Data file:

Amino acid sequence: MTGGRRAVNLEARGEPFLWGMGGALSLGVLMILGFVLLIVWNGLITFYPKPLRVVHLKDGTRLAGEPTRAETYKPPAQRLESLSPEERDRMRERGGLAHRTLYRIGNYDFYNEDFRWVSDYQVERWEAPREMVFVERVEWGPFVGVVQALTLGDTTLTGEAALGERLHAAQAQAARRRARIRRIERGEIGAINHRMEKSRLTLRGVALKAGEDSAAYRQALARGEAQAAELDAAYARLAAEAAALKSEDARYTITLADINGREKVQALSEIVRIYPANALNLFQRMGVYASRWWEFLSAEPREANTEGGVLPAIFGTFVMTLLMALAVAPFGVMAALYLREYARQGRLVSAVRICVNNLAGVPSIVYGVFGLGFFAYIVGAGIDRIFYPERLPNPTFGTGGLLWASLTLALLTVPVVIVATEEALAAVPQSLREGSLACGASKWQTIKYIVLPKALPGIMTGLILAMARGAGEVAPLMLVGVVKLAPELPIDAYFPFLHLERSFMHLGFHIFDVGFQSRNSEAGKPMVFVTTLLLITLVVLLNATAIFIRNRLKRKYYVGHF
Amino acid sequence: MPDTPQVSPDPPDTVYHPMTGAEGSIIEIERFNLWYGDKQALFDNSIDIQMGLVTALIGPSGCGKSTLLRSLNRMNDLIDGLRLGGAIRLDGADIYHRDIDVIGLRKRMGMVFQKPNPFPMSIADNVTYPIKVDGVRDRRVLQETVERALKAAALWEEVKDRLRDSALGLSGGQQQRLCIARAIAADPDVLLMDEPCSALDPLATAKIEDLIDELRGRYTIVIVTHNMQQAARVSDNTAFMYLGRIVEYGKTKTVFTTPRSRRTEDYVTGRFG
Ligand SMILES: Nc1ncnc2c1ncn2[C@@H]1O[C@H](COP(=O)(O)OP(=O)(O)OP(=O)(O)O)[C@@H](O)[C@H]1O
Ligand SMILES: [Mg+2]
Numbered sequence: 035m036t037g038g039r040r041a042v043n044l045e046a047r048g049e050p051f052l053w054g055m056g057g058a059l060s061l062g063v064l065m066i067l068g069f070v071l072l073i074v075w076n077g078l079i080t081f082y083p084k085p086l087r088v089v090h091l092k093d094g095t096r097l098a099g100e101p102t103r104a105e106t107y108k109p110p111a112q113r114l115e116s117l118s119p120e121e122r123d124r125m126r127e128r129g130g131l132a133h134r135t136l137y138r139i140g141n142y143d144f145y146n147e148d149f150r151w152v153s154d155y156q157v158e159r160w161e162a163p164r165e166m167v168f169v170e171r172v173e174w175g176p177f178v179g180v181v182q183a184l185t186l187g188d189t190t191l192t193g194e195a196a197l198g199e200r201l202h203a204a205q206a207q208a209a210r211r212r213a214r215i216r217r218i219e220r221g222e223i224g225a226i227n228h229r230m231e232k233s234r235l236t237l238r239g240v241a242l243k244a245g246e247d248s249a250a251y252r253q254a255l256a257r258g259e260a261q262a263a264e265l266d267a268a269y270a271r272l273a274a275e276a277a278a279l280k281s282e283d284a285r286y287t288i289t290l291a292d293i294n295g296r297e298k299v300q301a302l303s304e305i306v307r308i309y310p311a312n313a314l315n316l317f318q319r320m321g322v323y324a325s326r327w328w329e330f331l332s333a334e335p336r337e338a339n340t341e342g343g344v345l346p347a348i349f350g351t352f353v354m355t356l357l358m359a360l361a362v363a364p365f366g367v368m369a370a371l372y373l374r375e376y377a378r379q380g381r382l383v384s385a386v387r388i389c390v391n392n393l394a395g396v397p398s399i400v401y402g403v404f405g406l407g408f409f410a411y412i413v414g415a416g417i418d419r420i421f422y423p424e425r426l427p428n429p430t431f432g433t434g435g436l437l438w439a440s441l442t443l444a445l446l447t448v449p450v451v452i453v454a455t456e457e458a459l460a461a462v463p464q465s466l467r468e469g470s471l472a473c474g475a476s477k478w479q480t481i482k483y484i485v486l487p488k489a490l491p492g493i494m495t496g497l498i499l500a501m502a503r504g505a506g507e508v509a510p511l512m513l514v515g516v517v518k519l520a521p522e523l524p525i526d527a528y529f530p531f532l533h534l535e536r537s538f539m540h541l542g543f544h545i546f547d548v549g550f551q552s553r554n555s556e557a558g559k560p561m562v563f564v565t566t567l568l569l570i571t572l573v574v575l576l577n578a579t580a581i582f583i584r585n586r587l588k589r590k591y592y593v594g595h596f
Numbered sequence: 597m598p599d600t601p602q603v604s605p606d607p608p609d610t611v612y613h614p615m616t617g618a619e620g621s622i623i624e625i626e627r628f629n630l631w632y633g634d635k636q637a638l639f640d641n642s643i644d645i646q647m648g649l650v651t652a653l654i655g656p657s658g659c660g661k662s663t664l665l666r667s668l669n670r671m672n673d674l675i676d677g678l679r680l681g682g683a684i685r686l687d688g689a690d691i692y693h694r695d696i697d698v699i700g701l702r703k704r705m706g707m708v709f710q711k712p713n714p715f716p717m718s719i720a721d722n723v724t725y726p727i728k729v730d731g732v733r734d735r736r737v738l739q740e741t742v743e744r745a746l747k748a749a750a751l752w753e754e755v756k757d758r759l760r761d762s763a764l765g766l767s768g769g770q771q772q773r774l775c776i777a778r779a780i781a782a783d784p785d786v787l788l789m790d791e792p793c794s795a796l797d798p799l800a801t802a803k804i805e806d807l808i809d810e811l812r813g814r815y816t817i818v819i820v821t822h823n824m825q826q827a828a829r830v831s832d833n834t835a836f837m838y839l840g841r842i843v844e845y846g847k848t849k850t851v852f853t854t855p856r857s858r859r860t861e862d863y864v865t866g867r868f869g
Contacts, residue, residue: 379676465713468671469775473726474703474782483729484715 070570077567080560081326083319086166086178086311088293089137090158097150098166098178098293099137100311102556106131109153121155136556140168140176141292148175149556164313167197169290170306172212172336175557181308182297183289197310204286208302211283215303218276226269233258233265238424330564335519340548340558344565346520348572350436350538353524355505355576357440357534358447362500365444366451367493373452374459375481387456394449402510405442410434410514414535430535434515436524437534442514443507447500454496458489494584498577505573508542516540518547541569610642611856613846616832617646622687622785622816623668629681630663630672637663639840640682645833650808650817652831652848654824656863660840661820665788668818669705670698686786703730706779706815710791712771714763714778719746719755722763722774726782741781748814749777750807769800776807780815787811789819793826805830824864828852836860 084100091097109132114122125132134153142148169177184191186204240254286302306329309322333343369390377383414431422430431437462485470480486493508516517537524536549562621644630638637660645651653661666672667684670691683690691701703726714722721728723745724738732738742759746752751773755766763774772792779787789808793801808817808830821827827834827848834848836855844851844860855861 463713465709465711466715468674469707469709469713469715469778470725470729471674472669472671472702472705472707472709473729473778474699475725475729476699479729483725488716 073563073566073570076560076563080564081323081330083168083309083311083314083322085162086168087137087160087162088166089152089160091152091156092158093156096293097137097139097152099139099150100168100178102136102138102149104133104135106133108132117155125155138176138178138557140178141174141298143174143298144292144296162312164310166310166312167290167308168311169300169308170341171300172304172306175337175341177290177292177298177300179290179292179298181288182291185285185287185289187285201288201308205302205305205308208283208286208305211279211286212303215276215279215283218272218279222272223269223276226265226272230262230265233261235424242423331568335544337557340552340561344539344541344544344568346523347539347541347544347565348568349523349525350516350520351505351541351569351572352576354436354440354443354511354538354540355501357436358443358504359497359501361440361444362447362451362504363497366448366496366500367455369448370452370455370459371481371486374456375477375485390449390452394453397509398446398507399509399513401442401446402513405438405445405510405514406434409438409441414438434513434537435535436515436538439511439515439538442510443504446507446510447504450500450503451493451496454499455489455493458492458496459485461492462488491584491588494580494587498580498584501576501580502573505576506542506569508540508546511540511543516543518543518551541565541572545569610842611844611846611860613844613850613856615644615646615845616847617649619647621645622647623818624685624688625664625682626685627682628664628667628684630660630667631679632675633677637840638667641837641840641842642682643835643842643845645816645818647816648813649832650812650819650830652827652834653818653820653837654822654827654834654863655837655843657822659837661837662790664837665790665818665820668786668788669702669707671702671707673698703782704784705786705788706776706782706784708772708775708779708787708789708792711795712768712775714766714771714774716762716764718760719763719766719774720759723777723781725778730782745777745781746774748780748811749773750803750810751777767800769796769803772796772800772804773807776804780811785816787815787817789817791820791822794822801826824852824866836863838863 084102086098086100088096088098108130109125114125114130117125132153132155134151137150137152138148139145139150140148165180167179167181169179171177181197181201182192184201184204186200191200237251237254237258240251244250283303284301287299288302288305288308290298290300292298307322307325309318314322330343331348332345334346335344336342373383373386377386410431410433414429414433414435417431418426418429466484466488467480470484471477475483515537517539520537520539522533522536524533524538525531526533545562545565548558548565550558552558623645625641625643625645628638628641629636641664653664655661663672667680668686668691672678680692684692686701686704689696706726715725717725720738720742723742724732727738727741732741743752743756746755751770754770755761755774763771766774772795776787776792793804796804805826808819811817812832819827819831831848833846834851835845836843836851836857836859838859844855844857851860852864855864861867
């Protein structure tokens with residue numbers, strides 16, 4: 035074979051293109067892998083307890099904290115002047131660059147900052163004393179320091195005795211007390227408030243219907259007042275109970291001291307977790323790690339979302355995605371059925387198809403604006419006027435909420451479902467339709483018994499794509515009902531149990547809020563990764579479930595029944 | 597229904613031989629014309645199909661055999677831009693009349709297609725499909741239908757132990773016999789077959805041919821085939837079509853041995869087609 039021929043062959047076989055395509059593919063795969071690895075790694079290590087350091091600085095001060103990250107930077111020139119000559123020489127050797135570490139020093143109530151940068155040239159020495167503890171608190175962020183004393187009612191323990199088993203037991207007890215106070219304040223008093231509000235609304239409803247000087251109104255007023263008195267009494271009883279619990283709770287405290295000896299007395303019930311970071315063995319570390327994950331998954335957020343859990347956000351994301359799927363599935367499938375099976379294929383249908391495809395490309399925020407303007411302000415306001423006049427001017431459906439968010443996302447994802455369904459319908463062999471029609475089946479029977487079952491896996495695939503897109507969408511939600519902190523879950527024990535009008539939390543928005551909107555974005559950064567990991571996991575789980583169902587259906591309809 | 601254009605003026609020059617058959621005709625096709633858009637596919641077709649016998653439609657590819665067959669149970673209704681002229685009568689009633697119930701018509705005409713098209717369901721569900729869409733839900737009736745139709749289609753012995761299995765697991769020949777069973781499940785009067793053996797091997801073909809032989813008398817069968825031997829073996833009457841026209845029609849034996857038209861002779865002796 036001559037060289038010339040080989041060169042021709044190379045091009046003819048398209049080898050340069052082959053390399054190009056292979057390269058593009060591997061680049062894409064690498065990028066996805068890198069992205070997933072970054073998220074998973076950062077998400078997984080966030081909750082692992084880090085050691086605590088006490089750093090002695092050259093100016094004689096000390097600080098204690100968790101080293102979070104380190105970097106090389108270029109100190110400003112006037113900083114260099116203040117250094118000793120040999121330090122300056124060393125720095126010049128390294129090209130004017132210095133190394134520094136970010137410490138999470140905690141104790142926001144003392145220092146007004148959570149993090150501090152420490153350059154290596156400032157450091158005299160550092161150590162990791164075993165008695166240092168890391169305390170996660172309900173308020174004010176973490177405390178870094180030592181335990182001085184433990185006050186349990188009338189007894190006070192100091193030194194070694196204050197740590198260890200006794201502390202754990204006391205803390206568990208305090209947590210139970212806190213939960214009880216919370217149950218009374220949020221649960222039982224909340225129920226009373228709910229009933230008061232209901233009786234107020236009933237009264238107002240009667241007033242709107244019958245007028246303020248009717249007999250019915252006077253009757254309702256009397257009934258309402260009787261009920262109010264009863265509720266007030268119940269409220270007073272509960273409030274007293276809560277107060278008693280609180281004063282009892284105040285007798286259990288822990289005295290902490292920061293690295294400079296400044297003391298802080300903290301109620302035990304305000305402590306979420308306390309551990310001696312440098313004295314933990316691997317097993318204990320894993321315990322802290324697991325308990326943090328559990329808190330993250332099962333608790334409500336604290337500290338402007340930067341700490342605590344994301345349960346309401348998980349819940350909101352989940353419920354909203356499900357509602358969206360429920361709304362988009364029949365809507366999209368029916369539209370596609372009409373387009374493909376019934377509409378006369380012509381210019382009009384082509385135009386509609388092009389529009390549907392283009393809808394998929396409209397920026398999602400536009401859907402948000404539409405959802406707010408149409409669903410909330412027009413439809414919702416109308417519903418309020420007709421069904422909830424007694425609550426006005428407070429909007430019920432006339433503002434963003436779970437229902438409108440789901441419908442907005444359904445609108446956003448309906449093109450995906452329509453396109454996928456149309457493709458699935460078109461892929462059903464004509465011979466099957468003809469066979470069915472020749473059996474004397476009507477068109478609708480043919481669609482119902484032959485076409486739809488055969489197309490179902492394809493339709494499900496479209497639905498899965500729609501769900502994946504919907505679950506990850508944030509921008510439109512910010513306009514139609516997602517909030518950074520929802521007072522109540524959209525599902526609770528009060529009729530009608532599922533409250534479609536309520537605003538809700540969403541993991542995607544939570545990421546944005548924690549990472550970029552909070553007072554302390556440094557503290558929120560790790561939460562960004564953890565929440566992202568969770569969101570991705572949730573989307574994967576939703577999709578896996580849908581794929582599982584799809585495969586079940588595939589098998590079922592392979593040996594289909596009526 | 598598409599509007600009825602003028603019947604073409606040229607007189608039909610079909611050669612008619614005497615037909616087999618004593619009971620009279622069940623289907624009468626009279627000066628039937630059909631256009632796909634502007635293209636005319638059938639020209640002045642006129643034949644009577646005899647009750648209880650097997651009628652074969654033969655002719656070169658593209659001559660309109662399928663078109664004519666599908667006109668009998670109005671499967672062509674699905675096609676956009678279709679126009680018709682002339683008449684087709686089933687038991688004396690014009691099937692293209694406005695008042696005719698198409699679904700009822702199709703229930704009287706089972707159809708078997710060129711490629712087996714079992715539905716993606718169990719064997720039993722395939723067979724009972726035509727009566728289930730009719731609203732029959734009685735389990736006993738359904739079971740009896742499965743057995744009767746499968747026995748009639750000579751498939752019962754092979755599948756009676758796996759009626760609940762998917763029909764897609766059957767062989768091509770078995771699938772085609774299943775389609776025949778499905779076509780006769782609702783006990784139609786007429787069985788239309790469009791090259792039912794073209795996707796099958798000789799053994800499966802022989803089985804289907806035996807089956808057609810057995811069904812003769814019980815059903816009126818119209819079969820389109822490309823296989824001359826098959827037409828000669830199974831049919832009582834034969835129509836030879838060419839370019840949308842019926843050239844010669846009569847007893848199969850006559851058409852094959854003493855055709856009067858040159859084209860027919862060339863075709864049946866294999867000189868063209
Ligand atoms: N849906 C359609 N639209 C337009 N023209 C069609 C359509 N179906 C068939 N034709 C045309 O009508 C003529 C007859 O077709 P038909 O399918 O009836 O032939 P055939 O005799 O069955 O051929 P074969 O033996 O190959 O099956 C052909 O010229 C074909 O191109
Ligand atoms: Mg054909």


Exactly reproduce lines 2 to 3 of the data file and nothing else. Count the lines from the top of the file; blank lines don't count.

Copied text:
Amino acid sequence: MPDTPQVSPDPPDTVYHPMTGAEGSIIEIERFNLWYGDKQALFDNSIDIQMGLVTALIGPSGCGKSTLLRSLNRMNDLIDGLRLGGAIRLDGADIYHRDIDVIGLRKRMGMVFQKPNPFPMSIADNVTYPIKVDGVRDRRVLQETVERALKAAALWEEVKDRLRDSALGLSGGQQQRLCIARAIAADPDVLLMDEPCSALDPLATAKIEDLIDELRGRYTIVIVTHNMQQAARVSDNTAFMYLGRIVEYGKTKTVFTTPRSRRTEDYVTGRFG
Ligand SMILES: Nc1ncnc2c1ncn2[C@@H]1O[C@H](COP(=O)(O)OP(=O)(O)OP(=O)(O)O)[C@@H](O)[C@H]1O